A tip o' the hat to Al Fin for writing about this very interesting report in the Los Angeles Times about the work and vision of Carl Hodges.
The Earth's ice sheets are melting fast. Scientists predict that rising seas could swallow some low-lying areas, displacing millions of people.
Hodges sees opportunity. Why not divert the flow inland to create wealth and jobs instead of catastrophe?
He wants to channel the ocean into man-made "rivers" to nourish commercial aquaculture operations, mangrove forests and crops that produce food and fuel. This greening of desert coastlines, he said, could add millions of acres of productive farmland and sequester vast quantities of carbon dioxide, the primary culprit in global warming. Hodges contends that it could also neutralize sea-level rise, in part by using exhausted freshwater aquifers as gigantic natural storage tanks for ocean water.
Analyzing recent projections of ice melt occurring in the Antarctic and Greenland, Hodges calculates that diverting the equivalent of three Mississippi Rivers inland would do the trick. He figures that would require 50 good-sized seawater farms that could be built within a decade if the world gets cracking.
. . .
Hodges has already built such a farm in Africa. Political upheaval there shut much of it down in 2003. That's why he's determined to construct a showcase project in North America to demonstrate what's possible.
All he needs now is $35 million. That's where salicornia comes in.
A so-called halophyte, or salt-loving plant, the briny succulent thrives in hellish heat and pitiful soil on little more than a regular dousing of ocean water. Several countries are experimenting with salicornia and other saltwater-tolerant species as sources of food. Known in some restaurants as sea asparagus, salicornia can be eaten fresh or steamed, squeezed into cooking oil or ground into high-protein meal.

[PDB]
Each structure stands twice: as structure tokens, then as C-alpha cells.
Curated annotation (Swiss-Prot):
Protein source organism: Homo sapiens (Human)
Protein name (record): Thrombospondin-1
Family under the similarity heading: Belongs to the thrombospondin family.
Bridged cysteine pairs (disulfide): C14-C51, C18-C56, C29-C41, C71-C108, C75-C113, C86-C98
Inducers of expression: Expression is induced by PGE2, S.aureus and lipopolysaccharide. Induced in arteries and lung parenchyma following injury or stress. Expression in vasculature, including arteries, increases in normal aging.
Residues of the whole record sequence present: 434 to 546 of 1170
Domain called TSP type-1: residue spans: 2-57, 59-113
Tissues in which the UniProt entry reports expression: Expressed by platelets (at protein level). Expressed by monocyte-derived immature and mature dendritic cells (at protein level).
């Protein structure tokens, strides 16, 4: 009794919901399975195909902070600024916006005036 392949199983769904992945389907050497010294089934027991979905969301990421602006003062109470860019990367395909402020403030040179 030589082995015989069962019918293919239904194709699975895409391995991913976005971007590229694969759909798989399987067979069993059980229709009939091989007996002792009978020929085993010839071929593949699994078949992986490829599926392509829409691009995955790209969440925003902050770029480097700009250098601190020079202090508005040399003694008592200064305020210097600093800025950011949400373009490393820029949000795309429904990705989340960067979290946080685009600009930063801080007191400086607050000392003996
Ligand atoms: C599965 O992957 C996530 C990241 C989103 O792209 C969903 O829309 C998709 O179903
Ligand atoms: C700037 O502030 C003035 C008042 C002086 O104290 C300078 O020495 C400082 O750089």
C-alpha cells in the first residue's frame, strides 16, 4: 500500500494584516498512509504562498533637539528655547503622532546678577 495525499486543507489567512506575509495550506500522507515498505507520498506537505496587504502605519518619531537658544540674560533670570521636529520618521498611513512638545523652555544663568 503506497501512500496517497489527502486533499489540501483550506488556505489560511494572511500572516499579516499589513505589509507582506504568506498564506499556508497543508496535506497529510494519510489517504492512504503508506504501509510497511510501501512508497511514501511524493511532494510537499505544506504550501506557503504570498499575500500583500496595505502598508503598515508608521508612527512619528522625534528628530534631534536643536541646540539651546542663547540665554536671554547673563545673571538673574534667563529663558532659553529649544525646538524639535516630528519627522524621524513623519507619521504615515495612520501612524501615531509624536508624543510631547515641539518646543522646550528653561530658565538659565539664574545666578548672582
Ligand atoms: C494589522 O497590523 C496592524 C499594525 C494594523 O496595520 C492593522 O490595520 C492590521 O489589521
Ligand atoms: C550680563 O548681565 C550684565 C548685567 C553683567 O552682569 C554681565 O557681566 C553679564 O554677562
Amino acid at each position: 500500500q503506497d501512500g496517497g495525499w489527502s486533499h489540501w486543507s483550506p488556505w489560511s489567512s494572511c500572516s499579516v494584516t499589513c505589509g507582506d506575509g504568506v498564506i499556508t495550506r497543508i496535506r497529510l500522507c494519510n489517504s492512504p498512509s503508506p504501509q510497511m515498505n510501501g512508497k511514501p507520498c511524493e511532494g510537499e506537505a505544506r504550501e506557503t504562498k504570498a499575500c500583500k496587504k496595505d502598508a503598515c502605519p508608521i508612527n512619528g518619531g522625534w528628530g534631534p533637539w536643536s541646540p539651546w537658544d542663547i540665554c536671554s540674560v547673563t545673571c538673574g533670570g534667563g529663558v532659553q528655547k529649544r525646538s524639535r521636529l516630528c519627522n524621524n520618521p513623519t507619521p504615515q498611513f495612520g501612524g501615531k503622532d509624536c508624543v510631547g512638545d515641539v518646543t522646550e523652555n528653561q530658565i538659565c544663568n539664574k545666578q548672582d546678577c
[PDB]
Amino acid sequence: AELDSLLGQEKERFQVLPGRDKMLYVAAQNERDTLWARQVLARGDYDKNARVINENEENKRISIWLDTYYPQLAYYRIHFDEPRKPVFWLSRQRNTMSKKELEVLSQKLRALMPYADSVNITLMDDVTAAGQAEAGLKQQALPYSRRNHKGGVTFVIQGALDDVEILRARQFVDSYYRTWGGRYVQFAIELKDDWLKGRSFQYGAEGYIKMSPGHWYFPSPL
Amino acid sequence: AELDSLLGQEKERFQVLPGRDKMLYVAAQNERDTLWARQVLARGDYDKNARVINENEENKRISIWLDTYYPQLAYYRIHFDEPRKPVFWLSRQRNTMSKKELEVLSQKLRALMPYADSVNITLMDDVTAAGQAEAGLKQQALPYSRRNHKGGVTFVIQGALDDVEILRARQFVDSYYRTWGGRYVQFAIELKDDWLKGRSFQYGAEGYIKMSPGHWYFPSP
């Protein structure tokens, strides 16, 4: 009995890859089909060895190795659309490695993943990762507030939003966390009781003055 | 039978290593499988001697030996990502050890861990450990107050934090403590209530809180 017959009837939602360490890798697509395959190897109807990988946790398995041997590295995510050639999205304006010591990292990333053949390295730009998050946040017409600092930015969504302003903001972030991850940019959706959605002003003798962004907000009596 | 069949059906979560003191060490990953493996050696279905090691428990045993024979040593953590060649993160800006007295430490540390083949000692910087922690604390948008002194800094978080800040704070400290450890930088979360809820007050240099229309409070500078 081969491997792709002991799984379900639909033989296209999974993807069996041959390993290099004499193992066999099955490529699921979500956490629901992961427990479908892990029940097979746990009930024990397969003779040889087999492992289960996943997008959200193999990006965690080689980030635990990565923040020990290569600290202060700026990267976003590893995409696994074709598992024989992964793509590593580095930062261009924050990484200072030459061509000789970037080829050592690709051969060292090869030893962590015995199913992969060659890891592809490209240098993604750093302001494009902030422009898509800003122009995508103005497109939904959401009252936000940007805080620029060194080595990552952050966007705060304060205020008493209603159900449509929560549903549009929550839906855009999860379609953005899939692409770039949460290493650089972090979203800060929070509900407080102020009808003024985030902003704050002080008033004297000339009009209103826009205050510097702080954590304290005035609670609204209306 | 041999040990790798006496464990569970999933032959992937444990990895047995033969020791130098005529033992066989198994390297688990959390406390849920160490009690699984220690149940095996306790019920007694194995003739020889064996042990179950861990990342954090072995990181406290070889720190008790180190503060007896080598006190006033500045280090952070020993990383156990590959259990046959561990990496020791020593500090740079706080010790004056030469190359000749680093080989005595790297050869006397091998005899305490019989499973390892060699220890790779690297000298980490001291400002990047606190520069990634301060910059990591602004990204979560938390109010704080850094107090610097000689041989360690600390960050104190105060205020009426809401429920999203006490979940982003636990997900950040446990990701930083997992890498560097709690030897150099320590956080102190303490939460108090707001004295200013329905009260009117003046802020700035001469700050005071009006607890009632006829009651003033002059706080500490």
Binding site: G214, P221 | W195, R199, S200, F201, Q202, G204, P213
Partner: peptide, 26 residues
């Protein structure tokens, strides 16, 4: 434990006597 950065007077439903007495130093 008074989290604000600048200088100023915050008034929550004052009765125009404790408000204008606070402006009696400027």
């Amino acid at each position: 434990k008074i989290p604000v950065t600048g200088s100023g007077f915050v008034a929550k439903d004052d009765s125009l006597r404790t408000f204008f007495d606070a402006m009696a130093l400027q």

... salicornia has another nifty quality: It can be converted into biofuel. And, unlike grain-based ethanol, it doesn't need rain or prime farmland, and it doesn't distort global food markets. NASA has estimated that halophytes planted over an area the size of the Sahara Desert could supply more than 90% of the world's energy needs.
Last year, Hodges formed a for-profit company called Global Seawater Inc. to produce salicornia biofuel in liquid and solid versions. He lugs samples of it around in a suitcase like some environmental traveling salesman.
The enterprise recently planted 1,000 acres of salicornia here in rural Sonora, where Hodges has been doing preparatory research for decades. That crop will provide seed for a major venture planned 50 miles north in the coastal city of Bahia de Kino. Global Seawater is attempting to lease or buy 12,000 acres there for what it envisions will be the world's largest seawater farm.
The plan is to cut an ocean canal into the desert to nourish commercial ponds of shrimp and fish. Instead of dumping the effluent back into the ocean, the company would channel it further inland to fertilize fields of salicornia for biofuel. The seawater's next stop would be man-made wetlands. These mangrove forests could be "sold" to polluters to meet emissions cuts mandated by the Kyoto Protocol on climate change.
"Nothing is wasted," Hodges said.
This sounds really interesting, and really promising. Just think: absorbing all that extra sea-water, farming for fish products that'll provide low-cost protein, then using the waste and runoff to produce biofuels. Three problems addressed in a single project - not to mention alleviating unemployment in the areas where the farms are sited.
More power to you, Mr. Hodges, and good luck! I think Al Fin had the right idea when he concluded:
You have to admire folks who single-mindedly pursue solutions to important problems. Quite unlike the whiners who populate most university department faculties--especially the social sciences and liberal arts.